Sunday, November 06, 2005

Not Quite Science

The sleeping silence of our home was broken last night at about 1:30am -- earlier than usual -- by the sound of Oliver screaming. It was the kind of scream that every parent is familiar with, it is the scream that usually means "I've fallen off the couch and broken my arm." Or, "I fell down the stairs and now I probably have a concussion." But with Oliver the scream comes in the dead of the night, usually around 3am, and we have grown accustomed to bolting out of bed, rushing to comfort him. So at 1:30 last night I sat rocking my boy while sitting on the edge of his toddler bear-bed, making soothing sounds, while also trying to restrain flailing arms and legs that hit out at me and escape his lunging bite. It is hard not to be upset by these episodes because it is both difficult to witness and because emotion comes more quickly to the surface when you are jarred from the deepest part of sleep.

Nik and I feel as though we are night-time veterans. Oliver never slept through the night until he was 2.5 years old, often waking two, three, or more times in the night. For awhile we went through these particularly intense screaming episodes almost every night. But then he started sleeping; miraculously sleeping. As week after week went by we allowed ourselves to relax a little bit more into a full night of sleep. This week, however, he has awoken in screams four nights out of six.

Is it a coincidence that we changed his diet at the same time he started waking in the night again? What else has changed? I can't think of a single thing. But last week also saw a few wonderful "firsts" -- on Wednesday at school Oliver initiatied play with other children 5 different times. On Thursday night Oliver initiated and sustained play with his baby brother for the first time ever. For more than seven months we had waited for him to acknowledge Sam and on Thursday suddenly there he was cooing at the baby and lavishing him with hugs and tickles. That same night he seemed to focus on his play activities and at one point he looked up from his building blocks and said: "I'm happy." I wasn't certain I heard right but then I asked him "What?" and he repeated himself: "I'm happy." So I told him, "I'm happy, too, Oliver." And I'm not sure I ever uttered a statement that was more true.

This whole theraputic program -- the ABA, the diet, the bio-medical approaches -- feels like a giant experiment. We add a little of this, a little of that and then watch for changes, good and bad. But unlike a proper scientific study nothing with our children happens in isolation. Oliver wakes up screaming or has a burst of language and there is no way to know for sure if it is related, and how, to any other event. Maybe it is all just coincidence.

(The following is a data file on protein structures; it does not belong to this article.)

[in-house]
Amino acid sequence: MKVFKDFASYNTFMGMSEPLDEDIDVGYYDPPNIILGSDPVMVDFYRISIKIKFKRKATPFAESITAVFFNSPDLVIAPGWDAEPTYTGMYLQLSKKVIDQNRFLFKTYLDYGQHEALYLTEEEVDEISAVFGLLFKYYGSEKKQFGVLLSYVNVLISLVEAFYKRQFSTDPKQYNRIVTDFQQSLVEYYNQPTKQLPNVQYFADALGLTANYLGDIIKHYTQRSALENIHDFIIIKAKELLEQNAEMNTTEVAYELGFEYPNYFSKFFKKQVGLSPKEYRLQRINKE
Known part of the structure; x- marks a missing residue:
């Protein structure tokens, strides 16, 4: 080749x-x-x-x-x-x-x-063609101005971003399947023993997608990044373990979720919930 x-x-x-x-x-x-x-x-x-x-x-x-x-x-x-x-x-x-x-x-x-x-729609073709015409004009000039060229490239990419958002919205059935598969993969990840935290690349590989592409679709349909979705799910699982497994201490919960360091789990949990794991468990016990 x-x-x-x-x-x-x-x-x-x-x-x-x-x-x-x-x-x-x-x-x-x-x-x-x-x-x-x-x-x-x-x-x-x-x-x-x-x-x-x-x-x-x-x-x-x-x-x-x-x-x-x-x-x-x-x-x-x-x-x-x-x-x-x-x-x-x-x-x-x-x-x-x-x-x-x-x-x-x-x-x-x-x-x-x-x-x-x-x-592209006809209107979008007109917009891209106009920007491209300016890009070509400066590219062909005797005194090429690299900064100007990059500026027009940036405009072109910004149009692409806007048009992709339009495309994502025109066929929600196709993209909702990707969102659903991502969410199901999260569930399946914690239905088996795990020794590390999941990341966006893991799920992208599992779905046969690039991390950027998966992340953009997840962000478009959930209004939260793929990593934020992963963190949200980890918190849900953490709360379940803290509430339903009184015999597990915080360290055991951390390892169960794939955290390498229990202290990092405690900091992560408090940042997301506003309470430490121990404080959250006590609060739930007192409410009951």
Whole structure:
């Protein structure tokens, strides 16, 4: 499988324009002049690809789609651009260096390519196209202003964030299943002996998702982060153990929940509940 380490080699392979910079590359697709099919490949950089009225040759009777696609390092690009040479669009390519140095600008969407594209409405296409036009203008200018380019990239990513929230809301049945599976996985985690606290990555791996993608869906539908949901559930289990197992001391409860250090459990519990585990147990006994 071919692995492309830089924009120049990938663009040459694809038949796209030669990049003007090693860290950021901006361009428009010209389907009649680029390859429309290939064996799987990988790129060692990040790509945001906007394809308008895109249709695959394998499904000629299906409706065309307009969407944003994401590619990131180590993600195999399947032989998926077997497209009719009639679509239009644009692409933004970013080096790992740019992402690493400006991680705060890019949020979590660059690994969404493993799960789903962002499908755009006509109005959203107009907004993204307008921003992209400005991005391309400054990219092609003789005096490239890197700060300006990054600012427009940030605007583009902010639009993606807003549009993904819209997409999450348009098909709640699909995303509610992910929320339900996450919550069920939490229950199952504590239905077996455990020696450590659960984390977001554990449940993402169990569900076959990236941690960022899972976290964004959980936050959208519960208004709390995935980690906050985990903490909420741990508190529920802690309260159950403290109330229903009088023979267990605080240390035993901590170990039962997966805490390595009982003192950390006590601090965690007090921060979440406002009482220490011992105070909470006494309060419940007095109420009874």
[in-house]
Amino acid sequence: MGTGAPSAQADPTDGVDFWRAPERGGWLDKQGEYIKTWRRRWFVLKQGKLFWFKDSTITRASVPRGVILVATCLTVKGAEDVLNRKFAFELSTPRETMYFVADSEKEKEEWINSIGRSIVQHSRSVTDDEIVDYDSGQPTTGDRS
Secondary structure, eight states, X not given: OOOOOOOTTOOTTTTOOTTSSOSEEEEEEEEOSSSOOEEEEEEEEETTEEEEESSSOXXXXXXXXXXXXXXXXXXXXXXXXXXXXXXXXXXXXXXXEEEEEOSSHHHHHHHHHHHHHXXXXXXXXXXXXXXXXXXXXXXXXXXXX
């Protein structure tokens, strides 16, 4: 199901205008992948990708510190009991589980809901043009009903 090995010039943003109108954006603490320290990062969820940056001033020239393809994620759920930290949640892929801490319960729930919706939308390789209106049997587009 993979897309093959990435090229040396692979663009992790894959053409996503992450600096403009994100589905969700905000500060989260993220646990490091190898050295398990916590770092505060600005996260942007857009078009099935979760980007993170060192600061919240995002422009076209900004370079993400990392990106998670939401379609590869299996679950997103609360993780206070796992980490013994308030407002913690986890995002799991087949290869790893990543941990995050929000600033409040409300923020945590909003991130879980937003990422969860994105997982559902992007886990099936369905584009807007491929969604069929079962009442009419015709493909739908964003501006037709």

After the incident in the night, Oliver slept soundly until 7am and then went on to have a fantastic day. We played and laughed, spent a lot of time outdoors in the unseasonably warm weather and even went swimming. Oliver also did many PECs exchanges, all of the independant and most of them without a fuss. And at meal times I marveled at what a good eater he is. I know that many parents of children like Oliver struggle to get their children to eat a variety of foods but that has never been the case with him and it makes implementing this diet much more bearable.

As the evening fell I could tell our little one was exhausted by his rosey cheeks and red ears.
Around 7:00 Oliver led the way, "I want to go to sleep." My attempt to read Green Eggs and Ham was unceremoniously halted when the boy closed the book saying: "The End!" and rolled over to face the wall. And he was asleep before the lights were out.

1 comment:

  1. It is so hard when you are awaken in the night like that. Andrew doesn't have any type of night terrors like you are describing with Oliver, but he has kept me up many nights. I know what you mean about all the treatments feeling like one big experiment and never really knowing which is having the good or bad effect. It can all be very frustrating at times.

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